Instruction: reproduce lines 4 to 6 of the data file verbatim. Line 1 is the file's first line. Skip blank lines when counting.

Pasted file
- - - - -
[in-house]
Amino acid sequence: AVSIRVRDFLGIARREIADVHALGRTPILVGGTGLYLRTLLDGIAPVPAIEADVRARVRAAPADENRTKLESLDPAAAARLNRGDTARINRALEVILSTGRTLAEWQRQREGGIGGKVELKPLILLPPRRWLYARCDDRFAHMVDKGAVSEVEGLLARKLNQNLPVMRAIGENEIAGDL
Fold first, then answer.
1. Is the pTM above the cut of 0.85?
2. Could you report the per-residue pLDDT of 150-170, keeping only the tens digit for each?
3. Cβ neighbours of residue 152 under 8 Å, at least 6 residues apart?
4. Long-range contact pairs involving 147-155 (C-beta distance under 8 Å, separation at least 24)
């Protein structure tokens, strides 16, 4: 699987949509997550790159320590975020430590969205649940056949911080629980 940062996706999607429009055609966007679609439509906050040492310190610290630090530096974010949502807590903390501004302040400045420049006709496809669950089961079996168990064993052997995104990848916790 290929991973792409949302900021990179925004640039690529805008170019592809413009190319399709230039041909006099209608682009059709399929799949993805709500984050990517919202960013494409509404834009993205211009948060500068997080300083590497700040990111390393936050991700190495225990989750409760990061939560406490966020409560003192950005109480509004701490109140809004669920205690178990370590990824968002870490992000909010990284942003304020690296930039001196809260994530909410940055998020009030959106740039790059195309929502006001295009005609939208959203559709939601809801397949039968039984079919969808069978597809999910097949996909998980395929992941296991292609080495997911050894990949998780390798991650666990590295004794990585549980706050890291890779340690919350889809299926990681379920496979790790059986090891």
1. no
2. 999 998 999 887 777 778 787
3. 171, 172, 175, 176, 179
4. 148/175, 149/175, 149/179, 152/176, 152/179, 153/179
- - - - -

1. Is the pTM above the cut of 0.85?
2. Could you report the per-residue pLDDT of 150-170, keeping only the tens digit for each?
3. Cβ neighbours of residue 152 under 8 Å, at least 6 residues apart?